This week's Craving Ellie in My Belly was another one of my picks! That's one cool thing about being in a blogging group that is a bit on the smaller side; you get to pick the recipe a whole lot more often! I chose to make Chicken Pepian, which I have seen Ellie make at least twice or three times now on her cooking show. I have drooled over this one for far too long; it was time to finally prepare it myself!
These beautiful green gems above are fresh tomatillos, which I absolutely love working with. They are a descendant of the gooseberry (or so I am told by Rachael Ray!), and they kinda sorta taste like a cross between a tomato and a citrus fruit. It's hard to explain, so if you've never tried them and are intrigued, I definitely suggest that you give them a try. We really love them! The tomatillos are used as the base for a yummy green sauce that is first prepared and then used to top boneless, skinless chicken breasts in this dish.
I do have to apologize to my fellow CEIMB-istas for this one, because I didn't realize just how many steps were involved with this recipe until I read through it just before prepping my grocery list. Though the steps are all pretty simple, there are a lot of them and they do take a bit of time. I am happy to say that I think it was worth it, though!
For the actual preparation, I decided to deviate from Ellie's method a bit. Call it laziness, or call it creativity; it was really a little bit of both! I broiled my onions and garlic along with my tomatillos and poblano pepper; it saved me a step in which you sauteed the onion and garlic in a pan. Then, instead of pounding out chicken breasts, I used chicken tenderloins, which of course are much smaller cuts. I put my tenderloins in a Dutch oven, poured all the pepian sauce over top of them, and then baked the whole dish in the oven for about an hour at 350 degrees. I thought the low and slow method would keep the meat moist, and would also ensure that the sauce was bubbly and simmered enough (especially since I had prepared the sauce one day ahead and it was cold from the fridge).
Then, in one final burst of ingenuity, I decided to serve them up two different ways. The first night we ate this, I placed a pile of stone ground tortilla chips beside the chicken and let everyone choose whether they wanted to just eat the chicken straight up, or use the chips to scoop it all up. Either way, you couldn't lose, because this was very, very scrumptious! The second night, I used the chicken and the sauce as a filling for some wraps, and that was super delicious as well.
This sauce was reminiscent of a pesto, since it utilized leafy green herbs, roasted veggies, and pumpkin seeds. However, the flavor was decidedly Southwestern, and there was the barest hint of heat from the poblano and jalapeno. It was nice and zesty, but not overpowering. I'd love to see how this would taste tossed with some pasta, though!
I've provided the full recipe, the way Ellie intended it. You can try it her way or mine; I can only vouch for my method. I'm glad I chose this; it got some very enthusiastic thumbs-up at my house! If you'd like to check out the CEIMB blogroll, click here. Thanks to everybody who cooked with me this week!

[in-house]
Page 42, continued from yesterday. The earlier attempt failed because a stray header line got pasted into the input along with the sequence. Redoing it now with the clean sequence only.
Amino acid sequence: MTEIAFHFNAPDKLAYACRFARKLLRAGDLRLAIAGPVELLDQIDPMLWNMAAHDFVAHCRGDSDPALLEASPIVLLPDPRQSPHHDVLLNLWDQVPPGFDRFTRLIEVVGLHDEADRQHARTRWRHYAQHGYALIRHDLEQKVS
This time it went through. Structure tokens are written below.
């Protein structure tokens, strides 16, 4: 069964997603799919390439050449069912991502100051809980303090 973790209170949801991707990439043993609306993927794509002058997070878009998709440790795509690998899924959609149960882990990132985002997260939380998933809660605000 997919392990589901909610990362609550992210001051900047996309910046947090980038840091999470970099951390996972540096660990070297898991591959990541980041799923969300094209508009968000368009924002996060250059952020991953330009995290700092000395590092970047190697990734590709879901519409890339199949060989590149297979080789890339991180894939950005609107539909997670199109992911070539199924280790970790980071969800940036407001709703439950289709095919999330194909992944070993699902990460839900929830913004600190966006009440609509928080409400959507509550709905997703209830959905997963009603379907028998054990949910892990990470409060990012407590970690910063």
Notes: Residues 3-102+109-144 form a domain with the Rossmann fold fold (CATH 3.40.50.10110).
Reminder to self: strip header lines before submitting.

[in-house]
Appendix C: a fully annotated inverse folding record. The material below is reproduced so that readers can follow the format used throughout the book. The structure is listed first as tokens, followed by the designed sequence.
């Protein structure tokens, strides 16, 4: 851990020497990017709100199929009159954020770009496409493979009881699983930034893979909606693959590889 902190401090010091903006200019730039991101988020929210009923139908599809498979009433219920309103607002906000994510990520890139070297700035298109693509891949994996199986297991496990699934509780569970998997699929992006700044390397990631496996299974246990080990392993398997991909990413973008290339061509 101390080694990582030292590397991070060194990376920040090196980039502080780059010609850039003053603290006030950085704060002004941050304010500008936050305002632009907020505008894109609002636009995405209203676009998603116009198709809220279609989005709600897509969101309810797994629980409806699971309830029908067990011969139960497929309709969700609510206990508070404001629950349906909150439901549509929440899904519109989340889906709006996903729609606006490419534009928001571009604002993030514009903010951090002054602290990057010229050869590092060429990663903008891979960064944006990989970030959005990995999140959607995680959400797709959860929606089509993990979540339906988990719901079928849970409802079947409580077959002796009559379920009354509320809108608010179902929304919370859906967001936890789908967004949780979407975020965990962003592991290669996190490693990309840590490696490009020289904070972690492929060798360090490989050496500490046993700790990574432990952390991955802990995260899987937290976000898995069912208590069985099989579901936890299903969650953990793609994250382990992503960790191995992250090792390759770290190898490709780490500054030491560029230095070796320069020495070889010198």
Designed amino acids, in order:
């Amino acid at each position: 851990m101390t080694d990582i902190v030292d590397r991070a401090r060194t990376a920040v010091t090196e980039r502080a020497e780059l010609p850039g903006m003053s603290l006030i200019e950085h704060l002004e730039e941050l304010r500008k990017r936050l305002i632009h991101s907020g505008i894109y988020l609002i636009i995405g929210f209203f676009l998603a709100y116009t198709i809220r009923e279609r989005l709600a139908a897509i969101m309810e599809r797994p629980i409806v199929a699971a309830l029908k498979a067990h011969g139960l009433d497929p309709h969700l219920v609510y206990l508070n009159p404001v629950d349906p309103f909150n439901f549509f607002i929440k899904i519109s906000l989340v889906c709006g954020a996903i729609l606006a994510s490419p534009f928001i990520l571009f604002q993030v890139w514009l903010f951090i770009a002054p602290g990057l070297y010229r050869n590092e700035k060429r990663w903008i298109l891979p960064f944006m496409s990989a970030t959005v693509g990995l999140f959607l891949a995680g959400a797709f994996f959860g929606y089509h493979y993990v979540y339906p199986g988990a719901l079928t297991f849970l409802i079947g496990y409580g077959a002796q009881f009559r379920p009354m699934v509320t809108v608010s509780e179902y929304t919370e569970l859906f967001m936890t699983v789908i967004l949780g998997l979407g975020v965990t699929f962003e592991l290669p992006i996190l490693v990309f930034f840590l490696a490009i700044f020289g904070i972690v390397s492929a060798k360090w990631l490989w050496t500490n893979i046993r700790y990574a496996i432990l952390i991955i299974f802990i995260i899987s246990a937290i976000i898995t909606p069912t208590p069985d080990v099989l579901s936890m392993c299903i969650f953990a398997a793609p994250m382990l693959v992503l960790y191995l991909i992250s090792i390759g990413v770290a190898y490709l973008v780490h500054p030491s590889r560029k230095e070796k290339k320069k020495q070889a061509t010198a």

adapted from Food Network
makes 4-6 servings
1 lb. fresh tomatillos
1 large poblano pepper (2.5-3 oz.), seeded and chopped into four pieces
2 Tbsp. olive oil, divided
1/2 cup raw, unsalted pumpkin seeds
5 whole peppercorns
2 whole allspice
1/2 tsp. whole cumin seeds
1 medium onion, chopped
4 cloves garlic, minced
1 cup chopped, fresh cilantro leaves (plus 1/4 cup more for garnish)
1 cup low-sodium chicken broth
1 medium (2-inch) jalapeno pepper, seeded and roughly chopped
1/2 tsp. salt
4 (6-ounce) boneless, skinless chicken breasts, pounded to 1/2-inch thickness
1. Preheat the broiler. Remove papery outer skins from tomatillos, then rinse with warm water to remove some of their natural stickiness. Pat dry, then cut into quarters. Toss tomatillos and the poblano with 2 tsp. of the oil, place on a baking sheet, and broil until charred, about 10 minutes. Set aside.
2. Heat a large saute pan over medium heat. Add pumpkin seeds, peppercorns, allspice, and cumin, and toast until pumpkin seeds are fragrant, about 3-4 minutes. Set aside.
3. In the same saute pan, heat 2 tsp. of the oil over medium heat. Add onions and cook until soft and translucent, about 5 minutes. Add the garlic and cook for 1 minute more.
4. Place the tomatillos, the poblano, the onions, garlic, 1 cup cilantro, chicken broth, jalapeno pepper, pumpkin seeds, spices, and the salt in a food processor (or blender) and process on high until totally smooth, about 30 seconds.
5. Heat the remaining 2 tsp. oil in a skillet and cook the chicken until browned on both sides and nearly cooked through, about 5 minutes per side. Add pepian sauce to the skillet, covering the chicken pieces. Bring to a simmer and cook for an additional 3 to 5 minutes, until the chicken is cooked through. Serve chicken topped with the sauce and garnished with cilantro and lime wedges.